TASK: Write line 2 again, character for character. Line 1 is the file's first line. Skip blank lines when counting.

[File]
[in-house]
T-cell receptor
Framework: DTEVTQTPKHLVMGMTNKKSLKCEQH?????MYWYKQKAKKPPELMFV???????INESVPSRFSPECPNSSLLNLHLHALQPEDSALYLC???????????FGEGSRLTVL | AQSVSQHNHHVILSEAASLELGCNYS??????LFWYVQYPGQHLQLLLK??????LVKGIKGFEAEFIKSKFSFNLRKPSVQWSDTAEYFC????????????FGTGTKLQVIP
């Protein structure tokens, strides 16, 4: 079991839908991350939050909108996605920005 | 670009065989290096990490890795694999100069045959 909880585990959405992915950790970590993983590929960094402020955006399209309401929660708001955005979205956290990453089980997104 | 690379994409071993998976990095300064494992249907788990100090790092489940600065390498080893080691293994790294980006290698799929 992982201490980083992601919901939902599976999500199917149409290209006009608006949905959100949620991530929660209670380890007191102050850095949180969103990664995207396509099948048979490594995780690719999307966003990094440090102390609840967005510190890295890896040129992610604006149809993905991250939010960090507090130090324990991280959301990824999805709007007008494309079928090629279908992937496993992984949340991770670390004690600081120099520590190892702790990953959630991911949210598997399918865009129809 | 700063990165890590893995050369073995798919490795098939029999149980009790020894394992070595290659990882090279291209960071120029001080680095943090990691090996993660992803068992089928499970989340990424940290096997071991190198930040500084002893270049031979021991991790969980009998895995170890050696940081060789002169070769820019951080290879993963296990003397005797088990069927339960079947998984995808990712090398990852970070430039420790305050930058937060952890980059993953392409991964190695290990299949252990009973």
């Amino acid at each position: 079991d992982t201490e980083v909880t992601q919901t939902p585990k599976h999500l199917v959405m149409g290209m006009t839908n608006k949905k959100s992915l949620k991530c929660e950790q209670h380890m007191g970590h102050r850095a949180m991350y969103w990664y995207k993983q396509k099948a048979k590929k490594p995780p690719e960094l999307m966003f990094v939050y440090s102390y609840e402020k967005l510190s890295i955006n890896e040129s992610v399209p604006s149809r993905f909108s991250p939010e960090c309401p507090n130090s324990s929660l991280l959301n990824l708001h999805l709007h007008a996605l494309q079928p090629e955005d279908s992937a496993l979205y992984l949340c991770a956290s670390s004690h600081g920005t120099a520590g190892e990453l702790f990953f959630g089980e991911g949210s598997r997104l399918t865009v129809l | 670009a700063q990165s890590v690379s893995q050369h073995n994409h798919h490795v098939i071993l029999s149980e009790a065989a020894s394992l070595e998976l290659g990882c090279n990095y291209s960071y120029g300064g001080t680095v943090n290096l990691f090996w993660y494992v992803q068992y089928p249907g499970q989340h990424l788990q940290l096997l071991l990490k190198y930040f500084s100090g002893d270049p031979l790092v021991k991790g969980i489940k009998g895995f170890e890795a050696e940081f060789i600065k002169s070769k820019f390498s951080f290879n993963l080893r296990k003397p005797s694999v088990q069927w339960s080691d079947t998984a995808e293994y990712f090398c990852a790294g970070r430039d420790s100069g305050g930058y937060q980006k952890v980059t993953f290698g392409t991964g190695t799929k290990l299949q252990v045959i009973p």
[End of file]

T-cell receptor